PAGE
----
“He has sent me to bind up the broken-hearted, to proclaim freedom for the captives and release from darkness for the prisoners, to proclaim the year of the Lord’s favour and the day of vengeance of our God, to comfort all who mourn, and provide for those who grieve in Zion – to bestow on them a crown of beauty instead of ashes, the oil of joy instead of mourning, and a garment of praise instead of a spirit of despair. They will be called oaks of righteousness, a planting of the Lord for the display of his splendour” (Isaiah 61:1-3 NIV)
The mourning and the joy are inextricably linked until Christ returns. As we celebrate the freedom that Christ has bought us through His sufferings, and yet grieve over those who still live in the clutches of sin, the joy and beauty of Jesus will fill our lives and lift us to newer levels of maturity. Mourning moves us from the shallow and barren Christianity of our age to a fruitful, rich and triumphant practice of our faith.The church has limited understanding about the practical implications of this spiritual attitude and so, we need to seek the Lord for a fuller revelation.
Pardon for past unfaithfulness: There are, however, numerous examples from the history of Israel to show us the value of mourning. It has averted judgement and impending disaster. When the people of Nineveh mourned for their past sins after being warned of impending judgment, God forgave them. When Manasseh, the most wicked king of Judah, who lived his whole life in defiance of God’s commandments, wept tears of repentance before God, he was shown mercy and favour. When King Nebuchadnezzar repented for his pride, and called upon the lord, he was restored.
Joy: God is the God of all comfort (2 Corinthians 1:3), and His promise to all who mourn is that they will be comforted, and filled with joy and gladness from above. It is no small thing to be comforted by God – His comfort often comes with a total restoration of all that was lost or lay devastated. “You have turned for me my mourning into dancing; you have loosed my sackcloth and clothed me with gladness” (Psalm 30:11 ESV).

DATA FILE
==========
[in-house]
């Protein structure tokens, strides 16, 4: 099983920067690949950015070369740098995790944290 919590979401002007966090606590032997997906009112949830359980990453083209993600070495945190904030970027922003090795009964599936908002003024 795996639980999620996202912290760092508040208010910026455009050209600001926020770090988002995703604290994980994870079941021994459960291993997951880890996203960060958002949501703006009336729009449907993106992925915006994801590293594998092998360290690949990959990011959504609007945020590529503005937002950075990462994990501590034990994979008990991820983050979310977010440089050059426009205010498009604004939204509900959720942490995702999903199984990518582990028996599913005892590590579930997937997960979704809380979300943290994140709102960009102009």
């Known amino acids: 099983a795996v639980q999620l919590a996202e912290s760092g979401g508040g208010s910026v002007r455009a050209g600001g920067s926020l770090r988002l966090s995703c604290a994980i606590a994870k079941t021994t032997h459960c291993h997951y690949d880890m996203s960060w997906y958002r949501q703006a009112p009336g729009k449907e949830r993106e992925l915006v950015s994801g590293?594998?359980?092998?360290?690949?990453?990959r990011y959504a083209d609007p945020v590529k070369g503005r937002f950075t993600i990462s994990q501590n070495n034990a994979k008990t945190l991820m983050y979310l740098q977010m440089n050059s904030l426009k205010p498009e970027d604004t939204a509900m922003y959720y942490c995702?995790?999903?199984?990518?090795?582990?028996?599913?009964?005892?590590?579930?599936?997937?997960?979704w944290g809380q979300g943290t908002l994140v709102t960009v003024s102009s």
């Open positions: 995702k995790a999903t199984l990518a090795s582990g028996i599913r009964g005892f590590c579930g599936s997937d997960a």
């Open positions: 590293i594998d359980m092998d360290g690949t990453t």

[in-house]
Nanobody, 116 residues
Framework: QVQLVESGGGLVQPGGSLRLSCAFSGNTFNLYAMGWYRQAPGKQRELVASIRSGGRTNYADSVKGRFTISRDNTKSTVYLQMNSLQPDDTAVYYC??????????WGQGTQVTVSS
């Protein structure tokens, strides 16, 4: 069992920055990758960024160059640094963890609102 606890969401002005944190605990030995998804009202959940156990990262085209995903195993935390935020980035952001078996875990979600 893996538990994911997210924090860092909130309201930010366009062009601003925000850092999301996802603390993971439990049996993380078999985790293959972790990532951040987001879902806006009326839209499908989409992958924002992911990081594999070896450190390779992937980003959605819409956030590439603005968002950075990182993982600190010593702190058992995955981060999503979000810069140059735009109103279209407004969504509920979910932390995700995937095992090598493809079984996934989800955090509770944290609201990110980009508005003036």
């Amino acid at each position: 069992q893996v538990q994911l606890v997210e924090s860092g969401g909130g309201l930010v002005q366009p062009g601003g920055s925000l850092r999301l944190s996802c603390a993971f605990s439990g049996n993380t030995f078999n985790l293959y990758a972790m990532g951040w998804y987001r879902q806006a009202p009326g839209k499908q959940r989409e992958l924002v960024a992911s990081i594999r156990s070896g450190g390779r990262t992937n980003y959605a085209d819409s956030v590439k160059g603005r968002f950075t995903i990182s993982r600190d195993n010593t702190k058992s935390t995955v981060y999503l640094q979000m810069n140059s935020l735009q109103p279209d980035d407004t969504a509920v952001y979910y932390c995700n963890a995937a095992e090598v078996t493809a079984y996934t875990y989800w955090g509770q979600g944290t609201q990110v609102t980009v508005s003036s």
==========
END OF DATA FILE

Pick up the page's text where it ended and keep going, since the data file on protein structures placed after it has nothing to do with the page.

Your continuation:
Revival: Mourning has a positive effect on our Christian life and witness. It results in the harvest of souls, and when the church comes together to weep over the sins of our generation, the revival will come. “Those who sow with tears will reap with songs of joy. Those who go out weeping, carrying seed to sow, will return with songs of joy, carrying sheaves with them” (Psalm 126:5-6 NIV).
The end of mourning: God has promised us that our suffering is temporary, and will yield much reward and joy in the age to come. The tears that characterise our lives in this present order will vanish in the new, because God Himself will wipe them away. “He will wipe away every tear from their eyes, and death shall be no more, neither shall there be mourning, nor crying, nor pain anymore, for the former things have passed away” (Revelations 21:4).
As we await the final restoration of all things, we must remember that our mourning is neither in vain nor forever. Mourning brings the comfort of God into our lives, nurtures a yielded spirit and much fruitfulness; and finally, when the night of sorrow ends, great joy. Our earthly lives are lived in the shadow of mourning because Satan and the powers of darkness still remain at work in our world. The night cannot last forever for the Sun of Righteousness will rise, and everything that robbed us of joy in this world will vanish in His presence. In our present state of waiting, the more we share of the Christ’s mourning, the more the veil is lifted from our eyes, so that we experience the cleansing of our souls and the joy of greater closeness with heavenly Bridegroom. It is this joy that the world covets and sadly sees so little in us christians who have forgotten to mourn.